This makes sense. As economic times get tougher for ordinary Americans, they can’t afford to give as much of their spending money to charity, leaving nonprofits to look to deeper pockets to make up the difference. As a result, private foundations, corporations, and major donors are making up an increasingly larger share of U.S. giving each year. According to Giving USA, for example, as the share of giving from individuals declined, the share of giving coming from foundations rocketed up, rising from 8 percent in 1991 to 19 percent in 2021.

Mega-philanthropists have similarly been intensifying their influence over the nonprofit sector with record-breaking donations. The world’s richest men — Jeff BezosElon Musk, and Bill Gates — have all made multi-billion-dollar contributions in the past couple years, reducing their taxes by millions of dollars with charitable tax breaks. Mega-giving was so lavish, in fact, that Giving USA’s threshold for what qualified as a mega-gift jumped to $450 million in 2021, up from $350 million just the previous year.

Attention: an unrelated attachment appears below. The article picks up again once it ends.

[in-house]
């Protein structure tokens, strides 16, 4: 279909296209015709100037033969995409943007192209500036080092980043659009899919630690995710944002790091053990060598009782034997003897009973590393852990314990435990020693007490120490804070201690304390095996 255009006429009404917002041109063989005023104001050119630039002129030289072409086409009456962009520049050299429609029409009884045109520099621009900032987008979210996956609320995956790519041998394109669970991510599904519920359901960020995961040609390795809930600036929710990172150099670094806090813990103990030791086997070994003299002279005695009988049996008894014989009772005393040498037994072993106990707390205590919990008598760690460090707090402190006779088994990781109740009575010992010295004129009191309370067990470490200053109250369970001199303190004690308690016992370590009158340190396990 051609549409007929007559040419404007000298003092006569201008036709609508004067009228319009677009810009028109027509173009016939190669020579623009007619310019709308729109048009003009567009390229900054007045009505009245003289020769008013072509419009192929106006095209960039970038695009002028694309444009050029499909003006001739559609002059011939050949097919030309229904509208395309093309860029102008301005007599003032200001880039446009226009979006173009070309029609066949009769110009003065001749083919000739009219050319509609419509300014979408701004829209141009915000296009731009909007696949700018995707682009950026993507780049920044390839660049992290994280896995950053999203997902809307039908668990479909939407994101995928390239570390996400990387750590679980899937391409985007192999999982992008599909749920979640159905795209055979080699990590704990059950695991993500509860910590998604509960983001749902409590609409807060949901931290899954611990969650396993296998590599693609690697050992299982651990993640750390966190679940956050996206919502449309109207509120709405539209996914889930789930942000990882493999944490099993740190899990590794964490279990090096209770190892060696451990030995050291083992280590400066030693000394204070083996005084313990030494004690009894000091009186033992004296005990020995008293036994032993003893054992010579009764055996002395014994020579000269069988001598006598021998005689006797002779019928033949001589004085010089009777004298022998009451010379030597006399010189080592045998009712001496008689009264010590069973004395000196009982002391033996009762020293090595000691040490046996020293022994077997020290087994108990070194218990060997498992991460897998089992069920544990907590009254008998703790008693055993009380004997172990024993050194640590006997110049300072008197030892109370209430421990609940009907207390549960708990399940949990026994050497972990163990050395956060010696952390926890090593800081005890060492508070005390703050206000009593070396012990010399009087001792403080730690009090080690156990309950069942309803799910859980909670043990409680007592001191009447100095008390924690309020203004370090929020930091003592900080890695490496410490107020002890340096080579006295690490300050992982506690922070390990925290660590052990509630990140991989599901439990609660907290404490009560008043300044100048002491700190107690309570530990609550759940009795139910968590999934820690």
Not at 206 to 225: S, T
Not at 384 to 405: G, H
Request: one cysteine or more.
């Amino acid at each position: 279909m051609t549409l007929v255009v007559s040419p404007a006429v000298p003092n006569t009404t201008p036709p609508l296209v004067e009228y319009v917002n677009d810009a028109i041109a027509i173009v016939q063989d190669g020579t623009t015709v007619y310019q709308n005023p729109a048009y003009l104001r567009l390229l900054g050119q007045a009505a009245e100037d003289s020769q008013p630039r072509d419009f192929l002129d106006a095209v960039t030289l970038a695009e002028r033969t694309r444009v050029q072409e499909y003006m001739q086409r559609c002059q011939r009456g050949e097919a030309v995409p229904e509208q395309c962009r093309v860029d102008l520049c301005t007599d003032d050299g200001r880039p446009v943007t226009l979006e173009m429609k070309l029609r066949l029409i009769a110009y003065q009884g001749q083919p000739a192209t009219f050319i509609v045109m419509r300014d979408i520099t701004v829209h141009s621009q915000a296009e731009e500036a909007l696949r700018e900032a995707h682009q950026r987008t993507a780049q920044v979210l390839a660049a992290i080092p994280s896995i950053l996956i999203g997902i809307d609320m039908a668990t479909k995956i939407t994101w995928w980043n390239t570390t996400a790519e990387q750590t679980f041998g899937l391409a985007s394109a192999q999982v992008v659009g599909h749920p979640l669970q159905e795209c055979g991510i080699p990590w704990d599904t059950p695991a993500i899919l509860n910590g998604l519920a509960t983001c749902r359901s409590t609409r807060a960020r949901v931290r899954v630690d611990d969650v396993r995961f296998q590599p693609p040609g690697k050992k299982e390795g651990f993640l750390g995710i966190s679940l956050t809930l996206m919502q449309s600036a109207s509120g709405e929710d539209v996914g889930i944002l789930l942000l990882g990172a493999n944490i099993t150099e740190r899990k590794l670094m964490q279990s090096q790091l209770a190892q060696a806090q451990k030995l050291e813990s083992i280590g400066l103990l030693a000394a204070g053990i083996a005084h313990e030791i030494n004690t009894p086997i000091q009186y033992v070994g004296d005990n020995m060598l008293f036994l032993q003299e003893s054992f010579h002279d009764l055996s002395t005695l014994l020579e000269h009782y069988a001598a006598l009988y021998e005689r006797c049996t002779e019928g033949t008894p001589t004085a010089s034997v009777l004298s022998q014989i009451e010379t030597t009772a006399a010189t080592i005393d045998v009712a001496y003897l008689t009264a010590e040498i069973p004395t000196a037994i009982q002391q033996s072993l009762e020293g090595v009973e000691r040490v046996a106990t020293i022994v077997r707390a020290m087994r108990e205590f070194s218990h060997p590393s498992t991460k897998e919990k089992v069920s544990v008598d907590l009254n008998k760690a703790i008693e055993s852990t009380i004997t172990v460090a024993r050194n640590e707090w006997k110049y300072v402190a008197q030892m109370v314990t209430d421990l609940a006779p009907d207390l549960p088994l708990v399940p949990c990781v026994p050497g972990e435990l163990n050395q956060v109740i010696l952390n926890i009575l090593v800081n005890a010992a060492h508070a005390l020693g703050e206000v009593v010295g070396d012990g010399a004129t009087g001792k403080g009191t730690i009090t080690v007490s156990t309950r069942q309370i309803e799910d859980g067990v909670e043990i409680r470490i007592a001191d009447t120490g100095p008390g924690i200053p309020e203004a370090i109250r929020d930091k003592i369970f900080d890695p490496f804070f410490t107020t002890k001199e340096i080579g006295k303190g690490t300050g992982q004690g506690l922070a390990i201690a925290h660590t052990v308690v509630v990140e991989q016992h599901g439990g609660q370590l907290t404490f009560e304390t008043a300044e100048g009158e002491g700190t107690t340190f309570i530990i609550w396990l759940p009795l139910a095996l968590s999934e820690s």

And the important thing to know is that when wealthy people give, they tend to give not to independent charities, but to intermediary giving vehicles that they control. This includes, in particular, private foundations and donor-advised funds, or DAFs. As giving becomes more top-heavy, an ever greater share of U.S. charitable dollars is pouring into these intermediaries. A full 30 percent of individual giving is now being diverted into foundations and DAFs—up from just 5 percent thirty years ago.

According to tax and philanthropy experts James Andreoni and Ray Madoff, this has resulted in a shortfall of $300 billion to active charities over just the past five years.

As an intermediary-giving case in point, Elon Musk gave a staggering $5.7 billion donation to charity in 2021 — the largest mega-gift reported in the Giving USA report. But Musk’s gift was only exposed through a mandatory SEC filing, and the recipient was only listed as “undisclosed,” leading many experts to think that it likely went into a donor-advised fund. If this is true, it may very well be the largest single gift given to a DAF to date.

The relentless declines in relative individual giving and the growth of charitable intermediaries are a double whammy for America’s operating nonprofits. And the shift toward top-heavy philanthropy means that even when charitable giving is stable or growing, less of it actually makes its way to working charities serving the public. We are also still in a pandemic, we’re still experiencing massive inflation, and a recession likely looms on the horizon. None of these things bode well for giving in 2022 and beyond — and they should concern all of us who care about the health of our nonprofit sector.

Chuck Collins (@Chuck99to1) directs the Program on Inequality and the Common Good at the Institute for Policy Studies. Helen Flannery (@HelenofIPS) is a researcher with the IPS Charity Reform Initiative.